Sheriffs offers more; first and foremost, better training (like it is leagues above anything Corrections has) but also you get to interact with the public, you get to do actual LEO type work; and while Sheriffs is a bit underwhelming in that regard compared to police- at least that aspect of the job is there to begin with (warrant execution, serving documents, making arrests etc)

The only thing I miss about Corrections is the 4/4, outside of that (to me) Sheriffs is the better job. You just play a more visual role in the justice system in my opinion. It also comes with a lot more responsibility though (e.g carrying a firearm/taser) and you are really in the public eye a lot more. We also have way nicer vehicles, honestly some of the best looking law enforcement vehicles in my opinion :alright: just cant really use them for anything but transports and doc service - maybe the occasional immediate warrant for arrest you might get to do. That could change one day though.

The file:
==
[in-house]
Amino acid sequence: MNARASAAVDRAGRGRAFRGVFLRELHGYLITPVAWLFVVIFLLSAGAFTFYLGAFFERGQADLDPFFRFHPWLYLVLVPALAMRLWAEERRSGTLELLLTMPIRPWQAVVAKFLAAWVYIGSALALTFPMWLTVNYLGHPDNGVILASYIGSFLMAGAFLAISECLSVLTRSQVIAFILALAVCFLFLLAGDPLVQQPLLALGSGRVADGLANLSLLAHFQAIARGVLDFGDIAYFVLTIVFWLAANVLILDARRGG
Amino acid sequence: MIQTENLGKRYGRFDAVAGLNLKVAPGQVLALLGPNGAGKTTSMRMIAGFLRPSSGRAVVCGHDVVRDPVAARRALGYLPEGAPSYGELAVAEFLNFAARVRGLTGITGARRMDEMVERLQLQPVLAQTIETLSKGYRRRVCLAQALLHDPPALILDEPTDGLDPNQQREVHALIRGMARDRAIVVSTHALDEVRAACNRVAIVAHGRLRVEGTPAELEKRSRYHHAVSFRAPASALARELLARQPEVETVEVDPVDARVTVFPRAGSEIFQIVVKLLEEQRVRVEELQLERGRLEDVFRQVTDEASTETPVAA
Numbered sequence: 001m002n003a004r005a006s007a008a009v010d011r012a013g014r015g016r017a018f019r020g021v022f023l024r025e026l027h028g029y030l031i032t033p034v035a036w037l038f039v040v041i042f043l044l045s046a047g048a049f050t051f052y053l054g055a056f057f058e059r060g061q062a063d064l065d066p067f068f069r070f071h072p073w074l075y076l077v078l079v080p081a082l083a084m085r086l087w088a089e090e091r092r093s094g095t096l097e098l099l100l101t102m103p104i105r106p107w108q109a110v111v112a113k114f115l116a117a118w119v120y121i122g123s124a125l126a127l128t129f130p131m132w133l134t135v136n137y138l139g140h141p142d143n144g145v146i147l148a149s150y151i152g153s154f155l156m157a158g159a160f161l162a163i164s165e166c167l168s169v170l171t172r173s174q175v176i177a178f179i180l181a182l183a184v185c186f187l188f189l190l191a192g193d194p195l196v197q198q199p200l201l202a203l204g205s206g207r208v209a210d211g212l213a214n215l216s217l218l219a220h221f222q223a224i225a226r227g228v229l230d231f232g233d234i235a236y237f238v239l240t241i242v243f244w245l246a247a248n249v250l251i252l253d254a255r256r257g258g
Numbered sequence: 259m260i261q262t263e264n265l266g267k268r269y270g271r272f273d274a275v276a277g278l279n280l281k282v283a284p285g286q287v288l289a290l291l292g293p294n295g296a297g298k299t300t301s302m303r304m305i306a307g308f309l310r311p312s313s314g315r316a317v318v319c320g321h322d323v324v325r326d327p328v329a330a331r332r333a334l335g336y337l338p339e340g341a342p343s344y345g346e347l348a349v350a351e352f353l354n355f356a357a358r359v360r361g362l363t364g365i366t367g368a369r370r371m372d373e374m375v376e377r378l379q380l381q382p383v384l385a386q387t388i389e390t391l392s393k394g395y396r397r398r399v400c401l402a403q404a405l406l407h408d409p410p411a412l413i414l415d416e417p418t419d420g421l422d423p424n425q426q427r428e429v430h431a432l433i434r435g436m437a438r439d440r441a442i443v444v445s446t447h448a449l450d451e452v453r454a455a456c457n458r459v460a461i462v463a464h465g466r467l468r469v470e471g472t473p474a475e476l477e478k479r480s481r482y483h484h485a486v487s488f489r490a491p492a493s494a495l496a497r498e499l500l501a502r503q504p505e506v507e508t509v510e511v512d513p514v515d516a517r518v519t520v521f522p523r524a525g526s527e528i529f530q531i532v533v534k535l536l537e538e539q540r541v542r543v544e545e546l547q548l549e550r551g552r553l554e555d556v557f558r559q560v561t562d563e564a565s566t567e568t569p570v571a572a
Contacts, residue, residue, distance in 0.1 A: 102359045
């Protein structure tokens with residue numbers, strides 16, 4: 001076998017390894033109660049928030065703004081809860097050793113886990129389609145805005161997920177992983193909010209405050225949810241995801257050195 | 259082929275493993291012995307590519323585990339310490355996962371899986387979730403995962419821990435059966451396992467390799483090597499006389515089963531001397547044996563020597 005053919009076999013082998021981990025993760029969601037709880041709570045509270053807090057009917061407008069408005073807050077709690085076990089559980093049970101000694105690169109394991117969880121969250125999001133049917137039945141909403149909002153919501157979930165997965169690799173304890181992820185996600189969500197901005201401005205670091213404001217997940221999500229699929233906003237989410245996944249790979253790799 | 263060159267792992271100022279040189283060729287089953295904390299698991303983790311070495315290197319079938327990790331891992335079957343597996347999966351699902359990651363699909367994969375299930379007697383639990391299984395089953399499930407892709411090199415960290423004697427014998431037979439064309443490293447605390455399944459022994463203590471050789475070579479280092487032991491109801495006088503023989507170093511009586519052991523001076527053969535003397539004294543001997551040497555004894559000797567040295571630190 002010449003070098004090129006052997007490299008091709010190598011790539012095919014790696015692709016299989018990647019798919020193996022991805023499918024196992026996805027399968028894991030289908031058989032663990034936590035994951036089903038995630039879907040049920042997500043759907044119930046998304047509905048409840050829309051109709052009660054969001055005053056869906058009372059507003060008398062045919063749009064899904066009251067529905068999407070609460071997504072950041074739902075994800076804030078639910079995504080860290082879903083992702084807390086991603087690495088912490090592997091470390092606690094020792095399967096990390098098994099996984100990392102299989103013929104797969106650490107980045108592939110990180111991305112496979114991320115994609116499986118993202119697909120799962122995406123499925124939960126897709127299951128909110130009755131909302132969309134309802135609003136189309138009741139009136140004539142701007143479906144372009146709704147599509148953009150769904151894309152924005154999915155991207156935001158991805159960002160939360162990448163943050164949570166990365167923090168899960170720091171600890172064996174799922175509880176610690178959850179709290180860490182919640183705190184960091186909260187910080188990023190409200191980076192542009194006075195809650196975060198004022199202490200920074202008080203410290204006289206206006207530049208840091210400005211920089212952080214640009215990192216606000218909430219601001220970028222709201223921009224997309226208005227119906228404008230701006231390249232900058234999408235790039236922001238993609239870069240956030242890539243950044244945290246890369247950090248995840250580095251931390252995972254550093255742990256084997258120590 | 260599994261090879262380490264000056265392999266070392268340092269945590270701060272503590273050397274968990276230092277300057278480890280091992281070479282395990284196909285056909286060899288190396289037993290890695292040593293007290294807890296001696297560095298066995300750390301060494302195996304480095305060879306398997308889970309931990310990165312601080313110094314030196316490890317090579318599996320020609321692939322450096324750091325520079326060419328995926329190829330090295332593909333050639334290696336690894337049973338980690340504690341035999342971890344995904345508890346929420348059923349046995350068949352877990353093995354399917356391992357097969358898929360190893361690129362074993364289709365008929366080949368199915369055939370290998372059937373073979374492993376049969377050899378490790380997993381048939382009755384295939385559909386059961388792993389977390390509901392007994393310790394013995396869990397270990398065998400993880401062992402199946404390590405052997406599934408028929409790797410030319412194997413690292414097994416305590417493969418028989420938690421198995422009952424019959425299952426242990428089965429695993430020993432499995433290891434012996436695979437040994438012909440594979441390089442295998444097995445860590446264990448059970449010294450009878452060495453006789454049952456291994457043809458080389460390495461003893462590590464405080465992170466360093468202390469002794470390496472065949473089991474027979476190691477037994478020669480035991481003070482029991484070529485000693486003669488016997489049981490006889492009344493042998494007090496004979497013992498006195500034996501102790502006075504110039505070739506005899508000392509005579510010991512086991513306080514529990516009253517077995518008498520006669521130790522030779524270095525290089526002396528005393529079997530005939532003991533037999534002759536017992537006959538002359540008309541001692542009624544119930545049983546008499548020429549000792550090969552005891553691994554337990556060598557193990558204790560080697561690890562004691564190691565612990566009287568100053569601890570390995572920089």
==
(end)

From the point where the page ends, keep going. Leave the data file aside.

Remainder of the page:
I would always recommend Sheriffs over Corrections - but keep in mind, the hiring is a lot more limited, selection is tougher.

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Re: Ask A BC Sheriff

Postby Highland2012 » Wed Jul 15, 2020 2:50 pm

Sierra1993 wrote:
Fri Jul 03, 2020 6:56 pm
noanykey wrote:
Fri Jul 03, 2020 2:16 pm
Hey folks,

Thank you for the response. Sierra, I'm really happy to hear that you went from BCCO to Sheriffs.
In CSC, that 3 strike rule really messed with me. Being in Kingston, far from home. My fear of failure became the reason I failed. That and the 40+ degree weather during a heatwave on the range lolol.

Sierra, why move from BCCO to BCSS?